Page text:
Special meeting for Navajo Board of Election Supervisors focuses on petition to remove Deschene from ballot
WINDOW ROCK, ARIZ. — Although members of the Navajo Board of Election Supervisors would not comment on the content of an executive session held Thursday to discuss an effort to remove presidential candidate Chris Deschene from the ballot, the board's chairman said early voting would continue and the election is still scheduled for Nov. 4.
Board members called a special meeting to talk about a petition filed on Tuesday in the Navajo Nation Supreme Court by attorneys for former presidential candidates Dale E. Tsosie and Hank Whitethorne.
The petition, filed by attorneys David Jordan and Justin Jones, requests that the high court order the election board to enforce an Oct. 9 ruling by the Navajo Office of Hearings and Appeals that disqualified Deschene as a presidential candidate. The disqualification was based on Deschene's refusal to cooperate with a Navajo language fluency test ordered by the court. Fluency is a requirement for the office of president.
It also requests that the third place finisher of the primary election replace Deschene on general election ballot, as mandated by tribal law.
That individual — Navajo Nation Council Delegate Russell Begaye from Shiprock finished third, according to the official count — would face Joe Shirley Jr., the top vote getter, for the presidency. Deschene was second.
Election board chairman Wallace Charley said the board's ongoing concern is protecting the public's voting rights because they have the right to elect their leaders.
"I want to make it clear, this body — Navajo Board of Election Supervisors — the issue with the board is not candidate Shirley or candidate Deschene," Charley said. "The issue with us is the rights of Diné voters."
Since early voting started on Oct. 6, approximately 4,000 people have picked up absentee ballot applications and more than 3,000 absentee ballots have been sent, Charley said.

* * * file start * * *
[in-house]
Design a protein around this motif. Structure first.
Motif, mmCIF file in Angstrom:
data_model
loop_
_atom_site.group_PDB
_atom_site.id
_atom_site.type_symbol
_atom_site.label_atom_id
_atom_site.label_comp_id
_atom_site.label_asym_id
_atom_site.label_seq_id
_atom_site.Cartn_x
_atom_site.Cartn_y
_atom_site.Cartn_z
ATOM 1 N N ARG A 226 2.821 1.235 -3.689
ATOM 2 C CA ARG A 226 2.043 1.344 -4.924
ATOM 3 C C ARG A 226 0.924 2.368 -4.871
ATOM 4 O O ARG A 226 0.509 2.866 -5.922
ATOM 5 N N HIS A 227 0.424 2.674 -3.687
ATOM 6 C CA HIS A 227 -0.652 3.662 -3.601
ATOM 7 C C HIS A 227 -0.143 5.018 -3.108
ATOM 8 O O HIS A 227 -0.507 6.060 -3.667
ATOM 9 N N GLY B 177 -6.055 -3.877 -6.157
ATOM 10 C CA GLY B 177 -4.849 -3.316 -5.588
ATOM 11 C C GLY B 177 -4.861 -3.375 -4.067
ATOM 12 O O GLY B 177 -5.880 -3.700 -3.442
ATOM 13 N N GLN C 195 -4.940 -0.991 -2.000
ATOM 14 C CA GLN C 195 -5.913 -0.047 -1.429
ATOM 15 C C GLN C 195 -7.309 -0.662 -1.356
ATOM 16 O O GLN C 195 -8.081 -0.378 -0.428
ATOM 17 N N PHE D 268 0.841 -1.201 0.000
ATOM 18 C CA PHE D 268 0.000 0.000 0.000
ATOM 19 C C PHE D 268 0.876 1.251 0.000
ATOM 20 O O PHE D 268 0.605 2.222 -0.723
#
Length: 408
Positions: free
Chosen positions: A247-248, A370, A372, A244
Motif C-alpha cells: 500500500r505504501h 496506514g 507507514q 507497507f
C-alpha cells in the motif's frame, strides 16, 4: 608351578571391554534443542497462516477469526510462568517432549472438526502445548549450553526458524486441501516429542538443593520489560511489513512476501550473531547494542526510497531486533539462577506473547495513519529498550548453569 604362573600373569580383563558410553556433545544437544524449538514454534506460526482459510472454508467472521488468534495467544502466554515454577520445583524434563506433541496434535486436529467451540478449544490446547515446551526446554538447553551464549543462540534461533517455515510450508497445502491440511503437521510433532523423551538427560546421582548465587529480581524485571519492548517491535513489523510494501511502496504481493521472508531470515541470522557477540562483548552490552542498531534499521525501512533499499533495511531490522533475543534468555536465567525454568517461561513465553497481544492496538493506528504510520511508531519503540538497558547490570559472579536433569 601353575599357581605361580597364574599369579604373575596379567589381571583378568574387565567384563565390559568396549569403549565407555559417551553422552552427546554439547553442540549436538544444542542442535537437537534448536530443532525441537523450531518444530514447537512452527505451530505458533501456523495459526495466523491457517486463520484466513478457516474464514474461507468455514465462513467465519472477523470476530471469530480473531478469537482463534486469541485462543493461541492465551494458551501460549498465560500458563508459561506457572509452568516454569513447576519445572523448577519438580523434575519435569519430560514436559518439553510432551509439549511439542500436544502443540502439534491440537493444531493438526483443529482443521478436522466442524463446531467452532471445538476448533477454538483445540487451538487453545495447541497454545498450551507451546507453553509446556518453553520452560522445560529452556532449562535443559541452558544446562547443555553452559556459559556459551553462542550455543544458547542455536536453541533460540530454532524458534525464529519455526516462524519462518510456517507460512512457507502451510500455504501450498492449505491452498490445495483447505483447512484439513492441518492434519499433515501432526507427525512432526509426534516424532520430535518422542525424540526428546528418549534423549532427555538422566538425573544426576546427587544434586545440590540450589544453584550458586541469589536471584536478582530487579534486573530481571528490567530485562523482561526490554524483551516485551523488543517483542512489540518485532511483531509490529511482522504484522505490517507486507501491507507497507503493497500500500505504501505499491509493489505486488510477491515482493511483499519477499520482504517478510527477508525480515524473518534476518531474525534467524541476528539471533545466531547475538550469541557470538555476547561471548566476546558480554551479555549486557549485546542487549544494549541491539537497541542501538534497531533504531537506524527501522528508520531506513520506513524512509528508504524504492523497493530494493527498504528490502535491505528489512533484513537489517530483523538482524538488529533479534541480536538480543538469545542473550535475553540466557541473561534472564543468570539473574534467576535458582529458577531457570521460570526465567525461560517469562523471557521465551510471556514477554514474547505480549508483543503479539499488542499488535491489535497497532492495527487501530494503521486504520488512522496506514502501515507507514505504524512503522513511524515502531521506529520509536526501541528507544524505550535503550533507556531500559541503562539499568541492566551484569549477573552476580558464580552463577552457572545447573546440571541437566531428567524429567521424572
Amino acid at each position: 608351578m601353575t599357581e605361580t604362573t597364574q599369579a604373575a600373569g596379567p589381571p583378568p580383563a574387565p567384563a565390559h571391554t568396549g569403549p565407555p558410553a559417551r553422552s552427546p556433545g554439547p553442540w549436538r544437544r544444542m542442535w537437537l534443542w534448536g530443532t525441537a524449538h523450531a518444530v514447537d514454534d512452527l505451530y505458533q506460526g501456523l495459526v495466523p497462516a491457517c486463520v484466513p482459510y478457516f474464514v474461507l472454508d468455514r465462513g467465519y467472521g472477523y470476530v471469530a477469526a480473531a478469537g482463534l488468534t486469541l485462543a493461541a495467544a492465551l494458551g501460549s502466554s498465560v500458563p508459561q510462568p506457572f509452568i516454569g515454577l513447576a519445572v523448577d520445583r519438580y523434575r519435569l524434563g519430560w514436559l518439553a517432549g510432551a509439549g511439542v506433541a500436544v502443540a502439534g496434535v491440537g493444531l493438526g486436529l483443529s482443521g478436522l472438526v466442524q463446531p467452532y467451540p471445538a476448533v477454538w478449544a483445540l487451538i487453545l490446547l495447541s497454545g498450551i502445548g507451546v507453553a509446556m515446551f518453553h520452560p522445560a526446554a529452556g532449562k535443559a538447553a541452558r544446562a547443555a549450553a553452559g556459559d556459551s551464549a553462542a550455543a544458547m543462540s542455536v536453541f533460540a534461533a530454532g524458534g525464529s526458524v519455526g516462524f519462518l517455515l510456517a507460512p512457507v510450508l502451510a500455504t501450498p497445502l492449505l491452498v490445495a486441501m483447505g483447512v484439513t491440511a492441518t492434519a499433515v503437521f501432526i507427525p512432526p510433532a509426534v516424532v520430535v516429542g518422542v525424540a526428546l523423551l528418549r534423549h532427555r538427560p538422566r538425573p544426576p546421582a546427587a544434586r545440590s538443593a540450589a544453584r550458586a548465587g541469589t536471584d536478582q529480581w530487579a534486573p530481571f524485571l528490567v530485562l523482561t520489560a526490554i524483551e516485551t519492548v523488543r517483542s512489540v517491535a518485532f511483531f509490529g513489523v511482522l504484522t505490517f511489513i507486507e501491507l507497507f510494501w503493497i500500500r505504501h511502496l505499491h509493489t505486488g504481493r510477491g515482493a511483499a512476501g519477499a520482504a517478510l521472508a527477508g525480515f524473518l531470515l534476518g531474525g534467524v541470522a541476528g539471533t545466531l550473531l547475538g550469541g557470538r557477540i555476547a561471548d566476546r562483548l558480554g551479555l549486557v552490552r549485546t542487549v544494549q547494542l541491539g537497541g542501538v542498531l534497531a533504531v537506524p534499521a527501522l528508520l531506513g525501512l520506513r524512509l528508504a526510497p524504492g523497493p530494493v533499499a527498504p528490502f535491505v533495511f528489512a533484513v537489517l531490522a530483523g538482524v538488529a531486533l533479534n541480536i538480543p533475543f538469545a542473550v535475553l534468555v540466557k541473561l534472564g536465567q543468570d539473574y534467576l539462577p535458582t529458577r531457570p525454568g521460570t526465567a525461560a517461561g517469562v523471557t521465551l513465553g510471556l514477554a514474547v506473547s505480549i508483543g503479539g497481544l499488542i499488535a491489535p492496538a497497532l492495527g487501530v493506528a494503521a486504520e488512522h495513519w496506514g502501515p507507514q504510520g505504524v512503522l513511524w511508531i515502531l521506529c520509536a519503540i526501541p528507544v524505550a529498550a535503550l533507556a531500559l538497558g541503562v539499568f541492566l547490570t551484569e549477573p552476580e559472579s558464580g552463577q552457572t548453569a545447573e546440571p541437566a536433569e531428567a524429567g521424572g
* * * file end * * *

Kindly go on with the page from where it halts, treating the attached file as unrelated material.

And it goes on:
He said the board would comply with any court order but the Oct. 9 order from the Office of Hearings and Appeals stated that it "expects" the election office to place the third-place finisher on the general election ballot.
"It all depends on how you interpret 'expect,'" he said, adding that the board was not "deviating" from tribal election law.
"The board is not creating crisis, somebody else is creating that," Charley said.
Moments after Charley finished speaking, election board member LeNora Y. Fulton made a motion to go into an executive session, which members approved in a vote of five in favor and three opposed.
They spent more than an hour in executive session. After it concluded, Charley announced that neither board members nor election office staff would comment on the content of the meeting.
However, Charley confirmed that early voting continues and the general election will be on Nov. 4.
Also on Thursday, Deschene's attorney, Brian Lewis, filed a motion to intervene with the Supreme Court.
The motion is asking the court to allow Deschene to become a party to the petition because it is based on previous court filings against him.